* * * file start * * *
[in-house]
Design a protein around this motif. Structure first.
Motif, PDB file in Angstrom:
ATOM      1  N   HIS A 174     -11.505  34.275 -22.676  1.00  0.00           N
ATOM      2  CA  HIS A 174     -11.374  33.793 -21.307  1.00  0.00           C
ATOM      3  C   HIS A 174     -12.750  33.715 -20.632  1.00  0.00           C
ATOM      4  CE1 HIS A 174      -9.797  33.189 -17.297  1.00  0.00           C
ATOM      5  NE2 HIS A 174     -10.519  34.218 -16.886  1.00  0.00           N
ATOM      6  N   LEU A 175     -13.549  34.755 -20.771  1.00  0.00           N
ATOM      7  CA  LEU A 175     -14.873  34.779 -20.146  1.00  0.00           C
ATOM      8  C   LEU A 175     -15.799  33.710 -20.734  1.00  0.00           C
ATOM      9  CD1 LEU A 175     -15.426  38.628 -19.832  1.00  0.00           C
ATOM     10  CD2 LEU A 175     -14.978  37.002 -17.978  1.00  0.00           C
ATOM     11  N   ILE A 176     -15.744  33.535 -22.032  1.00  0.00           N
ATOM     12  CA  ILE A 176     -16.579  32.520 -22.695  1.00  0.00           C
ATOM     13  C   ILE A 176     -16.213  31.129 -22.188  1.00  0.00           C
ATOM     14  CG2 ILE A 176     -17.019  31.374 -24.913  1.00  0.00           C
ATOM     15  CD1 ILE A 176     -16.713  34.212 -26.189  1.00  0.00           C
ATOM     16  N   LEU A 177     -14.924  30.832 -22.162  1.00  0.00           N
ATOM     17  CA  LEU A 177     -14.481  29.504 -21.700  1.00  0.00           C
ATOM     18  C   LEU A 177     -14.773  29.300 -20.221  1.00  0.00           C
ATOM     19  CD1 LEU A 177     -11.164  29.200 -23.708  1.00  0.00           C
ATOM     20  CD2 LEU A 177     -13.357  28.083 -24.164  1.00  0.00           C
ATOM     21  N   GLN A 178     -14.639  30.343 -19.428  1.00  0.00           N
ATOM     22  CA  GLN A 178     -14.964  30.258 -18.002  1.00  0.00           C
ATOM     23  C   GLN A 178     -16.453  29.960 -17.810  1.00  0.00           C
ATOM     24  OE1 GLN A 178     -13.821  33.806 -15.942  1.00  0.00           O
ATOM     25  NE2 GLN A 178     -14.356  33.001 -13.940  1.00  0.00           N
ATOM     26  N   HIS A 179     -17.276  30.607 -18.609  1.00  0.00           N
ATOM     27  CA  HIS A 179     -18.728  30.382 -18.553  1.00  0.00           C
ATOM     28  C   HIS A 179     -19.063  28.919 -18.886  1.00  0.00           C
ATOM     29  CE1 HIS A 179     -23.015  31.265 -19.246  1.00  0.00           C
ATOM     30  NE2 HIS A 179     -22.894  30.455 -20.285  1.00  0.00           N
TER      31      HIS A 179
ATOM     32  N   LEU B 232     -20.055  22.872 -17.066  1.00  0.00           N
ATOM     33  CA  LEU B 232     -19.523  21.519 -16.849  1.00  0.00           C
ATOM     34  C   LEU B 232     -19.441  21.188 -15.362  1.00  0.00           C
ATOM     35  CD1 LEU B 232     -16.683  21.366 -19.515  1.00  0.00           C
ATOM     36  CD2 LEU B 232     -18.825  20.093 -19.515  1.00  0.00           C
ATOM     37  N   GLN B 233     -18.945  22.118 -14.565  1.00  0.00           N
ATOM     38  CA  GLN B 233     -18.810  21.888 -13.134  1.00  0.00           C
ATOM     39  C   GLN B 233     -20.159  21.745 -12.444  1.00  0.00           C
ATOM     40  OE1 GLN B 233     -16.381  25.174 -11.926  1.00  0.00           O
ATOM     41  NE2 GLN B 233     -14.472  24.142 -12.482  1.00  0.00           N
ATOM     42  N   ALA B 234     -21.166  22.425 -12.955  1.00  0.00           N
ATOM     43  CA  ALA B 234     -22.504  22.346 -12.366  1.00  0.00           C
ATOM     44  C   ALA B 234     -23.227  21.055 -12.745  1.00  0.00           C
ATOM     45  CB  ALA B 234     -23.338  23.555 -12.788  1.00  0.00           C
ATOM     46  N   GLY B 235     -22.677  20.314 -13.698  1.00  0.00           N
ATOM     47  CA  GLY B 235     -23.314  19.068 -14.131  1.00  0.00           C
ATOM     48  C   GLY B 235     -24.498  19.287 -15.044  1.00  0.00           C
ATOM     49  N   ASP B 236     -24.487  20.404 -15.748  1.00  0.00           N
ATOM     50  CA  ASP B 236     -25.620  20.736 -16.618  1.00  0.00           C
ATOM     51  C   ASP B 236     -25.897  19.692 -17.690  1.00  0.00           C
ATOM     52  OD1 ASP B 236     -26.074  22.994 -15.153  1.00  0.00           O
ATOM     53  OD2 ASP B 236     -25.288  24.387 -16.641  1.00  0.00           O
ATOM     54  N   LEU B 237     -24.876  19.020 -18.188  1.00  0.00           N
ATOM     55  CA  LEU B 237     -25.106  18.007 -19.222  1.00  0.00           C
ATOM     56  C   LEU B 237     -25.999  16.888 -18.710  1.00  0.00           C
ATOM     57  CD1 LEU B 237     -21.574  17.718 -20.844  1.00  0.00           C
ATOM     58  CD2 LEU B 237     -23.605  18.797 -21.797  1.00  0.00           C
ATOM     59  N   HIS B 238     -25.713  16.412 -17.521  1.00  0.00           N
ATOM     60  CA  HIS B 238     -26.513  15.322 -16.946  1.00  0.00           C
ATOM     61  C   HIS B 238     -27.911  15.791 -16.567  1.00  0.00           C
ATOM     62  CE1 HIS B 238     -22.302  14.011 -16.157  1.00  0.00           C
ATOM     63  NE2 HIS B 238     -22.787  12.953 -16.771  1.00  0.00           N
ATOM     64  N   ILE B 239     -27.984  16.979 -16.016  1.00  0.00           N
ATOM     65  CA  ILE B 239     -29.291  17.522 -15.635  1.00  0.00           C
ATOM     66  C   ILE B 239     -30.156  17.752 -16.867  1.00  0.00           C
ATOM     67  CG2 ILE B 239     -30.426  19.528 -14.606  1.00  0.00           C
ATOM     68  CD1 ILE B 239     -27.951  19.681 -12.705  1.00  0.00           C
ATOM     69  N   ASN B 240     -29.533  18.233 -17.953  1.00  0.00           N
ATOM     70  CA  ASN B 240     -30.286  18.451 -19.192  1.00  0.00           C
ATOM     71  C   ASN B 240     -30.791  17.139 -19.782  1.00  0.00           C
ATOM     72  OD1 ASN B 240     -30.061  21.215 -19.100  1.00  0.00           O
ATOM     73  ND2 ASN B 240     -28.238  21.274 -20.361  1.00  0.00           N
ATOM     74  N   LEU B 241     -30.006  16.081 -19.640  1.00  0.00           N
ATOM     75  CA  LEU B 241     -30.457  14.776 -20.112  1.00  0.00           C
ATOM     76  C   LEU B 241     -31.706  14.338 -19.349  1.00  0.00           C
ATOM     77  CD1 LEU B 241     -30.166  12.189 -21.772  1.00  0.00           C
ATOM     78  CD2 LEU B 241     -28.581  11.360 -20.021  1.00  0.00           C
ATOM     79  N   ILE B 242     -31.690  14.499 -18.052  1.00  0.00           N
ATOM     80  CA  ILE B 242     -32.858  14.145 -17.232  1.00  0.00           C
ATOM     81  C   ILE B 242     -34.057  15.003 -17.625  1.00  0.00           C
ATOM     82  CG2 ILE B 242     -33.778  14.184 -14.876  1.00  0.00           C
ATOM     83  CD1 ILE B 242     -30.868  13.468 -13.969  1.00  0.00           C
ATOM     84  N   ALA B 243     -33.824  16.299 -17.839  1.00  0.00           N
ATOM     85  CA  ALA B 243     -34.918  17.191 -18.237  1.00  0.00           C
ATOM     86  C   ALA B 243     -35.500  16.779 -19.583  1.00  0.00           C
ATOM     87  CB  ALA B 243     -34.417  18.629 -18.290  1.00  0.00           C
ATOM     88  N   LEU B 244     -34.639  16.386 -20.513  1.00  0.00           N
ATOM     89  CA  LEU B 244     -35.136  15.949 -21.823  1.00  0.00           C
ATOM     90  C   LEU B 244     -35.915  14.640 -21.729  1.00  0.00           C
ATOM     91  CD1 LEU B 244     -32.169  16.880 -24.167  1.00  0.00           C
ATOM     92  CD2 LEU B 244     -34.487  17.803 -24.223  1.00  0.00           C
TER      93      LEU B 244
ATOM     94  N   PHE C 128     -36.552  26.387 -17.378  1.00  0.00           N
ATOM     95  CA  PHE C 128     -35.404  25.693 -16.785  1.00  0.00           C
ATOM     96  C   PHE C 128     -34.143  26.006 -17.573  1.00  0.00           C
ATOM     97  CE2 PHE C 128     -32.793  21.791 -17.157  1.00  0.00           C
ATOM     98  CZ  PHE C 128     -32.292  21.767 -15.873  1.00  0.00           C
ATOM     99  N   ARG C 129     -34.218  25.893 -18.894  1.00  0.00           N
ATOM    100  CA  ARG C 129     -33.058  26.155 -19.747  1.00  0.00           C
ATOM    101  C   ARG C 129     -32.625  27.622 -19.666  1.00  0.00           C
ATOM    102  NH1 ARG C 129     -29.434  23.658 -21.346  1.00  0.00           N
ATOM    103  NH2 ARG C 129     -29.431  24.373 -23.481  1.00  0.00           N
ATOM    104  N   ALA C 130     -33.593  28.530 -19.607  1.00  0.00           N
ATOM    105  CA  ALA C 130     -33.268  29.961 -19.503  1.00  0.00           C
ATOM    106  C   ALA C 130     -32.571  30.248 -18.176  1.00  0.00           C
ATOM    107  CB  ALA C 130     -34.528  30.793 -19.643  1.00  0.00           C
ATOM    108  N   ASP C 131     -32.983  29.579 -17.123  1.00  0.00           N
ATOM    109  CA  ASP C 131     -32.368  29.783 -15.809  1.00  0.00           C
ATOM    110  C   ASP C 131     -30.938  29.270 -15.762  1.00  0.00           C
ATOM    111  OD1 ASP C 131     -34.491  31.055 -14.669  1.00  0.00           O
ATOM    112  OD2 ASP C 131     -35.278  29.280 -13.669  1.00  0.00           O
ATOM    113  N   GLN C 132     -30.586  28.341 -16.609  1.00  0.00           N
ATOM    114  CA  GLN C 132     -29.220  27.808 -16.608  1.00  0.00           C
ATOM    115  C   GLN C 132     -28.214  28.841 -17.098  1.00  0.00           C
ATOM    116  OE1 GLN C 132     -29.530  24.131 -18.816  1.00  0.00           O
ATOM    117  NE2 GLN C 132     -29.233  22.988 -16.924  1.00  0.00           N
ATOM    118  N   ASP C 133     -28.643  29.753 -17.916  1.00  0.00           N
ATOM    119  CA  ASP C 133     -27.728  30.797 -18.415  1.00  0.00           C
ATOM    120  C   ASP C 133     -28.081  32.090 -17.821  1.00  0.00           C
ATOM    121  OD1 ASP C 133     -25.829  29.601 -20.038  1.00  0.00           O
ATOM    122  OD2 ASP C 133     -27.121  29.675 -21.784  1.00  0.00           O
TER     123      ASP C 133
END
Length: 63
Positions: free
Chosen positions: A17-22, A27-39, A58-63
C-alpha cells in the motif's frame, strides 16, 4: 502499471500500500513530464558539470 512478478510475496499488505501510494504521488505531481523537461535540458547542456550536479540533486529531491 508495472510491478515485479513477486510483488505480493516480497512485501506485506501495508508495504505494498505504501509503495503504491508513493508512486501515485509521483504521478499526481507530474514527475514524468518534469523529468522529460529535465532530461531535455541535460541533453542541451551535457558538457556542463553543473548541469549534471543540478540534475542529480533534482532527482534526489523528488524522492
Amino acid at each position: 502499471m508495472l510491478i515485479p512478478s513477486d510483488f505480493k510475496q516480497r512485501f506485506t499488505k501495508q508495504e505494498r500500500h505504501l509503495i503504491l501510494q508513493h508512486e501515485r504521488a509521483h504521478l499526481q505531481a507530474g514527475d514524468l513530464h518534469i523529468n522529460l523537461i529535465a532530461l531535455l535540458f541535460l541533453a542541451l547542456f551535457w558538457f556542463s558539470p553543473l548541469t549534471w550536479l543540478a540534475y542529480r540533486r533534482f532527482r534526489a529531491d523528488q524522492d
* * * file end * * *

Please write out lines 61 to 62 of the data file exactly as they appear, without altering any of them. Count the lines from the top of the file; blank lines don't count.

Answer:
ATOM     58  CD2 LEU B 237     -23.605  18.797 -21.797  1.00  0.00           C
ATOM     59  N   HIS B 238     -25.713  16.412 -17.521  1.00  0.00           N